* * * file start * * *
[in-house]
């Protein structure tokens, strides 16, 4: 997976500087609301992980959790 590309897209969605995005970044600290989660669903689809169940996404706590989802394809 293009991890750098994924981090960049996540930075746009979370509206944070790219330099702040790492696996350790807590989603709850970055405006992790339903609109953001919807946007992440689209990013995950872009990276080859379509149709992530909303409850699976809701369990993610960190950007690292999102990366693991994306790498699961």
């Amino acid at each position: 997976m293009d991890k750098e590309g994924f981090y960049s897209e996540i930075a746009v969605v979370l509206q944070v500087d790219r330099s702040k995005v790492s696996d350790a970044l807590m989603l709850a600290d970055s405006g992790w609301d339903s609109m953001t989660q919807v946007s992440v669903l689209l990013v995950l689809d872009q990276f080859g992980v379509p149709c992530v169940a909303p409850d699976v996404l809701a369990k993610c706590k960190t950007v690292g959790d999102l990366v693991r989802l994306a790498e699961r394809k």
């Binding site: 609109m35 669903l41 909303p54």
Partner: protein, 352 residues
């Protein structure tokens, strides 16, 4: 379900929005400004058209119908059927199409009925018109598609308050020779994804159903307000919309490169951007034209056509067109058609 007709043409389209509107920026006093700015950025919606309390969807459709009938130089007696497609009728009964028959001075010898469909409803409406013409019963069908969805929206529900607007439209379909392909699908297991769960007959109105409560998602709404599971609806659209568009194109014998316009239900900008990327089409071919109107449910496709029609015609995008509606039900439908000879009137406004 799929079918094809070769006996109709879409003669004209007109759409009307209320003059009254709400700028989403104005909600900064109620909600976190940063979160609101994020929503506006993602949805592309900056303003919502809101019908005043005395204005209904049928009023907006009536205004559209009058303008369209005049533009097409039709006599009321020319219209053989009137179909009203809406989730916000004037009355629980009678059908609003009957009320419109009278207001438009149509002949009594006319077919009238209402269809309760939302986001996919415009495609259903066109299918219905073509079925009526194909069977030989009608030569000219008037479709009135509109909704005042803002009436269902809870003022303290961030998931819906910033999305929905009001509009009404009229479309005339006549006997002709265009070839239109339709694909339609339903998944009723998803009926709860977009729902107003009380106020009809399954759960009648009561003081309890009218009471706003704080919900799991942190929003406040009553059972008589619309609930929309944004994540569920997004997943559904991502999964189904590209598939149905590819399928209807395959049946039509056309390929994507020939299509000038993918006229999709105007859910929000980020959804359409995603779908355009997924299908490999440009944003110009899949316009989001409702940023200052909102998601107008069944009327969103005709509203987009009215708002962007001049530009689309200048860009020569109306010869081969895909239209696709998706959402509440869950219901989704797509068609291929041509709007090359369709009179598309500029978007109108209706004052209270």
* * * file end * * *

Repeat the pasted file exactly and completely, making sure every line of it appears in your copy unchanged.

[in-house]
């Protein structure tokens, strides 16, 4: 997976500087609301992980959790 590309897209969605995005970044600290989660669903689809169940996404706590989802394809 293009991890750098994924981090960049996540930075746009979370509206944070790219330099702040790492696996350790807590989603709850970055405006992790339903609109953001919807946007992440689209990013995950872009990276080859379509149709992530909303409850699976809701369990993610960190950007690292999102990366693991994306790498699961």
């Amino acid at each position: 997976m293009d991890k750098e590309g994924f981090y960049s897209e996540i930075a746009v969605v979370l509206q944070v500087d790219r330099s702040k995005v790492s696996d350790a970044l807590m989603l709850a600290d970055s405006g992790w609301d339903s609109m953001t989660q919807v946007s992440v669903l689209l990013v995950l689809d872009q990276f080859g992980v379509p149709c992530v169940a909303p409850d699976v996404l809701a369990k993610c706590k960190t950007v690292g959790d999102l990366v693991r989802l994306a790498e699961r394809k």
């Binding site: 609109m35 669903l41 909303p54």
Partner: protein, 352 residues
């Protein structure tokens, strides 16, 4: 379900929005400004058209119908059927199409009925018109598609308050020779994804159903307000919309490169951007034209056509067109058609 007709043409389209509107920026006093700015950025919606309390969807459709009938130089007696497609009728009964028959001075010898469909409803409406013409019963069908969805929206529900607007439209379909392909699908297991769960007959109105409560998602709404599971609806659209568009194109014998316009239900900008990327089409071919109107449910496709029609015609995008509606039900439908000879009137406004 799929079918094809070769006996109709879409003669004209007109759409009307209320003059009254709400700028989403104005909600900064109620909600976190940063979160609101994020929503506006993602949805592309900056303003919502809101019908005043005395204005209904049928009023907006009536205004559209009058303008369209005049533009097409039709006599009321020319219209053989009137179909009203809406989730916000004037009355629980009678059908609003009957009320419109009278207001438009149509002949009594006319077919009238209402269809309760939302986001996919415009495609259903066109299918219905073509079925009526194909069977030989009608030569000219008037479709009135509109909704005042803002009436269902809870003022303290961030998931819906910033999305929905009001509009009404009229479309005339006549006997002709265009070839239109339709694909339609339903998944009723998803009926709860977009729902107003009380106020009809399954759960009648009561003081309890009218009471706003704080919900799991942190929003406040009553059972008589619309609930929309944004994540569920997004997943559904991502999964189904590209598939149905590819399928209807395959049946039509056309390929994507020939299509000038993918006229999709105007859910929000980020959804359409995603779908355009997924299908490999440009944003110009899949316009989001409702940023200052909102998601107008069944009327969103005709509203987009009215708002962007001049530009689309200048860009020569109306010869081969895909239209696709998706959402509440869950219901989704797509068609291929041509709007090359369709009179598309500029978007109108209706004052209270």